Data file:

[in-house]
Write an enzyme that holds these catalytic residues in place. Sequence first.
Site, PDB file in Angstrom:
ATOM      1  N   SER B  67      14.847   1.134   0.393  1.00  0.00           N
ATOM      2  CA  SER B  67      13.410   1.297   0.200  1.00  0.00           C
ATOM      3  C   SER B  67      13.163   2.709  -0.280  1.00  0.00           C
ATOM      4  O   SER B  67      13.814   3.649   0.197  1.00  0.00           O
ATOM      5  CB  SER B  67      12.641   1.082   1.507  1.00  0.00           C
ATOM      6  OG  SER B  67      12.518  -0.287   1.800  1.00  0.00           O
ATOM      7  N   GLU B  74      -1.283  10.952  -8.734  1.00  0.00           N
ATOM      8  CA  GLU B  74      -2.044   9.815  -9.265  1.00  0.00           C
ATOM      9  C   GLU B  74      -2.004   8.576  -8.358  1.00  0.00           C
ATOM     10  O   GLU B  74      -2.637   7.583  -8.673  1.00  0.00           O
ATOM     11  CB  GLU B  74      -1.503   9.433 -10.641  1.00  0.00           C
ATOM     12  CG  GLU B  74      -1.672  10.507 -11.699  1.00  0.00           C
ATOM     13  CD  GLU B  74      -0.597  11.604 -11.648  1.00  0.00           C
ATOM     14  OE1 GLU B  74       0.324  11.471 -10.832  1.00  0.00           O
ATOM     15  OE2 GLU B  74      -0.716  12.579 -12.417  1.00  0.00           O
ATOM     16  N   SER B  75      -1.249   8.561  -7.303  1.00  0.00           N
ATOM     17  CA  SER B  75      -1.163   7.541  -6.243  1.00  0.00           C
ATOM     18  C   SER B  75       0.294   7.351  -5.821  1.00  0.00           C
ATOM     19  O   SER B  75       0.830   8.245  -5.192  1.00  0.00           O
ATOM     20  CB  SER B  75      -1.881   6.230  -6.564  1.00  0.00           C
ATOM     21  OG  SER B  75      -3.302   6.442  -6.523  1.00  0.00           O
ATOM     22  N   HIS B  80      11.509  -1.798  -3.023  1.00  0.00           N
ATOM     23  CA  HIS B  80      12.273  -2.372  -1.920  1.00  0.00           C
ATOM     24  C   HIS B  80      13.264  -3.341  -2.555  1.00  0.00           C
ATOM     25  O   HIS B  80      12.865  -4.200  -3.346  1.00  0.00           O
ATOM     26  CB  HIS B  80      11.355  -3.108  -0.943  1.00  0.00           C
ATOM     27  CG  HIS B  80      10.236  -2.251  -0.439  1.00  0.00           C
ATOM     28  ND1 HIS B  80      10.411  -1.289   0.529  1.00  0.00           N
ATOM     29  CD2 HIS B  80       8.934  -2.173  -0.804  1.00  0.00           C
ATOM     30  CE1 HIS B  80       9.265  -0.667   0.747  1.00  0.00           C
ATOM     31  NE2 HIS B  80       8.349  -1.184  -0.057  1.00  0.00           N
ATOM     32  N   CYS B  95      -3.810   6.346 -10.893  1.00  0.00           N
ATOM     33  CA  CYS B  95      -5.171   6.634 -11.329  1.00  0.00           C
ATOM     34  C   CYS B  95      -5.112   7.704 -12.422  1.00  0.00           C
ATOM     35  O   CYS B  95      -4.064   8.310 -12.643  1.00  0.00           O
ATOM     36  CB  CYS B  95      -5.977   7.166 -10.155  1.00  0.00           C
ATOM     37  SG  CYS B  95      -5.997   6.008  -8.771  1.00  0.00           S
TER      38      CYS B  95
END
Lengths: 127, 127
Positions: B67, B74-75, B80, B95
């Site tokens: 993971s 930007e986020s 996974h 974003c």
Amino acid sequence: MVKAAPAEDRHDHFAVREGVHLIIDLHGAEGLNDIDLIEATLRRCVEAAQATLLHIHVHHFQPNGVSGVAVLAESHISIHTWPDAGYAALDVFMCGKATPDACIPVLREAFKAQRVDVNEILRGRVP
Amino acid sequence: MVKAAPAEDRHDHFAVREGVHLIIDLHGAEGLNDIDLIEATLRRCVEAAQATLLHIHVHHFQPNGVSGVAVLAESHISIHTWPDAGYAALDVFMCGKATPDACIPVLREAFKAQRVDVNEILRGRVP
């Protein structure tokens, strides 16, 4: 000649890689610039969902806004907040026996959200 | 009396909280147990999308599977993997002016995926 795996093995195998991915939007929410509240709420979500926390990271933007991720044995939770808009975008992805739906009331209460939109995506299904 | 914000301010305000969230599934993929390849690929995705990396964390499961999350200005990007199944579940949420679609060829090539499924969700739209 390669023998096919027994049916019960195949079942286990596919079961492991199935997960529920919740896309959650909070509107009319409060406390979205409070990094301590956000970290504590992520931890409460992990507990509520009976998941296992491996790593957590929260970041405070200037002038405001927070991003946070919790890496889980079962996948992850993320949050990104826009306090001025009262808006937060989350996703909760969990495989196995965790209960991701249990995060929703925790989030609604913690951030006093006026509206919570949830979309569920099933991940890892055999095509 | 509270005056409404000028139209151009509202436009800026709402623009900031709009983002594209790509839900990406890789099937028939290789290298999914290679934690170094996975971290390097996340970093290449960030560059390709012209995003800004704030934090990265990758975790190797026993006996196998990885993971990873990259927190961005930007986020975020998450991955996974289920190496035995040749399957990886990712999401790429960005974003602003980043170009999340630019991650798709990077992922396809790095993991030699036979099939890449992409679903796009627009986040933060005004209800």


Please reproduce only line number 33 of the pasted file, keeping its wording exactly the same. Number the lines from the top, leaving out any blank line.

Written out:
ATOM     30  CE1 HIS B  80       9.265  -0.667   0.747  1.00  0.00           C